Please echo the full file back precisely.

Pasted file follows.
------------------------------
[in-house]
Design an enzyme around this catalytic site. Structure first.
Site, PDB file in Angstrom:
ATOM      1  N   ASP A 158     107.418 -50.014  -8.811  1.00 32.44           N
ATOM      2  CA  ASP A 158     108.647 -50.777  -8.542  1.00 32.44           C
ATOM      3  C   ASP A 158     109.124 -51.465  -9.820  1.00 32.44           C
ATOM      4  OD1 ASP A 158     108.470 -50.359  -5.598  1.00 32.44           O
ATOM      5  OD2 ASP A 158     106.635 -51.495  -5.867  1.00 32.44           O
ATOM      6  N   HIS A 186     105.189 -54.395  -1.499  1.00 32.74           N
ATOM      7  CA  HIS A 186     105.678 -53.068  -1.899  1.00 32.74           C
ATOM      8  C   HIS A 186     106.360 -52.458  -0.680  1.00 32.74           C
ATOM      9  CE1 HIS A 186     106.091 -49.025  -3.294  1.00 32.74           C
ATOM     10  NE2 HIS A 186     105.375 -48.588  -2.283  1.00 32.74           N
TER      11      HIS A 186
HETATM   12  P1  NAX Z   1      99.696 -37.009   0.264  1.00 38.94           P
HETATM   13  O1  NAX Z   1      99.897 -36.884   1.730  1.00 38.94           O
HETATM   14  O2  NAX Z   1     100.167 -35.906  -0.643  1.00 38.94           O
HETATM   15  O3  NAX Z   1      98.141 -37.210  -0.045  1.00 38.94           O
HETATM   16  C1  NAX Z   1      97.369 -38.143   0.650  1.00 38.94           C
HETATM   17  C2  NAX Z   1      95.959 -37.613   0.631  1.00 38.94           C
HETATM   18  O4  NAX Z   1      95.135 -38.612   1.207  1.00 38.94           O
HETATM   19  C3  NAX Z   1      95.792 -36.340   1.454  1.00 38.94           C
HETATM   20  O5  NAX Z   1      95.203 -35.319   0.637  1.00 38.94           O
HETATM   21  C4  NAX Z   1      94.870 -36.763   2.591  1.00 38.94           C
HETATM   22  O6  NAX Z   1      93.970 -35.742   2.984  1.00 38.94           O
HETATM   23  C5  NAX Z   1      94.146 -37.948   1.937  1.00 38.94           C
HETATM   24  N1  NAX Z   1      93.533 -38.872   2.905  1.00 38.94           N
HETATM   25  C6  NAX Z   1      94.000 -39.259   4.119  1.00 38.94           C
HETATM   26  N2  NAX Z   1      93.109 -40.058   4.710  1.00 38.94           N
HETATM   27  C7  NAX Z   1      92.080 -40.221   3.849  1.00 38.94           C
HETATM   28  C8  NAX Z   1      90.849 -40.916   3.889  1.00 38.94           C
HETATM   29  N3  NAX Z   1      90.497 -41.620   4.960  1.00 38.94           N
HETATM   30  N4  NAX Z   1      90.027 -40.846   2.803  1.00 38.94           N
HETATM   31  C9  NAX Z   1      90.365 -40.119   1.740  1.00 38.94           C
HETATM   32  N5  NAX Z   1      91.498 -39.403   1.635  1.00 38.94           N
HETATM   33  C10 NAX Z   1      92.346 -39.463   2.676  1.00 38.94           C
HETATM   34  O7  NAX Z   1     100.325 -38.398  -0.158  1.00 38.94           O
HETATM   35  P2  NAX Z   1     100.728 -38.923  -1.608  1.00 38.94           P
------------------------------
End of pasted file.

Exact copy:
[in-house]
Design an enzyme around this catalytic site. Structure first.
Site, PDB file in Angstrom:
ATOM      1  N   ASP A 158     107.418 -50.014  -8.811  1.00 32.44           N
ATOM      2  CA  ASP A 158     108.647 -50.777  -8.542  1.00 32.44           C
ATOM      3  C   ASP A 158     109.124 -51.465  -9.820  1.00 32.44           C
ATOM      4  OD1 ASP A 158     108.470 -50.359  -5.598  1.00 32.44           O
ATOM      5  OD2 ASP A 158     106.635 -51.495  -5.867  1.00 32.44           O
ATOM      6  N   HIS A 186     105.189 -54.395  -1.499  1.00 32.74           N
ATOM      7  CA  HIS A 186     105.678 -53.068  -1.899  1.00 32.74           C
ATOM      8  C   HIS A 186     106.360 -52.458  -0.680  1.00 32.74           C
ATOM      9  CE1 HIS A 186     106.091 -49.025  -3.294  1.00 32.74           C
ATOM     10  NE2 HIS A 186     105.375 -48.588  -2.283  1.00 32.74           N
TER      11      HIS A 186
HETATM   12  P1  NAX Z   1      99.696 -37.009   0.264  1.00 38.94           P
HETATM   13  O1  NAX Z   1      99.897 -36.884   1.730  1.00 38.94           O
HETATM   14  O2  NAX Z   1     100.167 -35.906  -0.643  1.00 38.94           O
HETATM   15  O3  NAX Z   1      98.141 -37.210  -0.045  1.00 38.94           O
HETATM   16  C1  NAX Z   1      97.369 -38.143   0.650  1.00 38.94           C
HETATM   17  C2  NAX Z   1      95.959 -37.613   0.631  1.00 38.94           C
HETATM   18  O4  NAX Z   1      95.135 -38.612   1.207  1.00 38.94           O
HETATM   19  C3  NAX Z   1      95.792 -36.340   1.454  1.00 38.94           C
HETATM   20  O5  NAX Z   1      95.203 -35.319   0.637  1.00 38.94           O
HETATM   21  C4  NAX Z   1      94.870 -36.763   2.591  1.00 38.94           C
HETATM   22  O6  NAX Z   1      93.970 -35.742   2.984  1.00 38.94           O
HETATM   23  C5  NAX Z   1      94.146 -37.948   1.937  1.00 38.94           C
HETATM   24  N1  NAX Z   1      93.533 -38.872   2.905  1.00 38.94           N
HETATM   25  C6  NAX Z   1      94.000 -39.259   4.119  1.00 38.94           C
HETATM   26  N2  NAX Z   1      93.109 -40.058   4.710  1.00 38.94           N
HETATM   27  C7  NAX Z   1      92.080 -40.221   3.849  1.00 38.94           C
HETATM   28  C8  NAX Z   1      90.849 -40.916   3.889  1.00 38.94           C
HETATM   29  N3  NAX Z   1      90.497 -41.620   4.960  1.00 38.94           N
HETATM   30  N4  NAX Z   1      90.027 -40.846   2.803  1.00 38.94           N
HETATM   31  C9  NAX Z   1      90.365 -40.119   1.740  1.00 38.94           C
HETATM   32  N5  NAX Z   1      91.498 -39.403   1.635  1.00 38.94           N
HETATM   33  C10 NAX Z   1      92.346 -39.463   2.676  1.00 38.94           C
HETATM   34  O7  NAX Z   1     100.325 -38.398  -0.158  1.00 38.94           O
HETATM   35  P2  NAX Z   1     100.728 -38.923  -1.608  1.00 38.94           P